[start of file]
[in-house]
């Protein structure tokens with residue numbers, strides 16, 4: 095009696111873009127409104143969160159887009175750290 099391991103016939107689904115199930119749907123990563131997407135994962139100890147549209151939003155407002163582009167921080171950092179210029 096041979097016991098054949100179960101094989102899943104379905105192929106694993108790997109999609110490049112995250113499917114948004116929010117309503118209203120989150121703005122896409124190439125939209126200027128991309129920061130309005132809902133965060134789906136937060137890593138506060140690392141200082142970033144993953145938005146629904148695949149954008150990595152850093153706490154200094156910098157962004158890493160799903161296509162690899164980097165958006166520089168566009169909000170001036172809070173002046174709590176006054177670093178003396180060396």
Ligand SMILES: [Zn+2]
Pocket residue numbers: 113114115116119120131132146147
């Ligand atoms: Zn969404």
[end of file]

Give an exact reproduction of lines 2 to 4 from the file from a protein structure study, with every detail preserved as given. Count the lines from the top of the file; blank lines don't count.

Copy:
């Protein structure tokens with residue numbers, strides 16, 4: 095009696111873009127409104143969160159887009175750290 099391991103016939107689904115199930119749907123990563131997407135994962139100890147549209151939003155407002163582009167921080171950092179210029 096041979097016991098054949100179960101094989102899943104379905105192929106694993108790997109999609110490049112995250113499917114948004116929010117309503118209203120989150121703005122896409124190439125939209126200027128991309129920061130309005132809902133965060134789906136937060137890593138506060140690392141200082142970033144993953145938005146629904148695949149954008150990595152850093153706490154200094156910098157962004158890493160799903161296509162690899164980097165958006166520089168566009169909000170001036172809070173002046174709590176006054177670093178003396180060396």
Ligand SMILES: [Zn+2]
Pocket residue numbers: 113114115116119120131132146147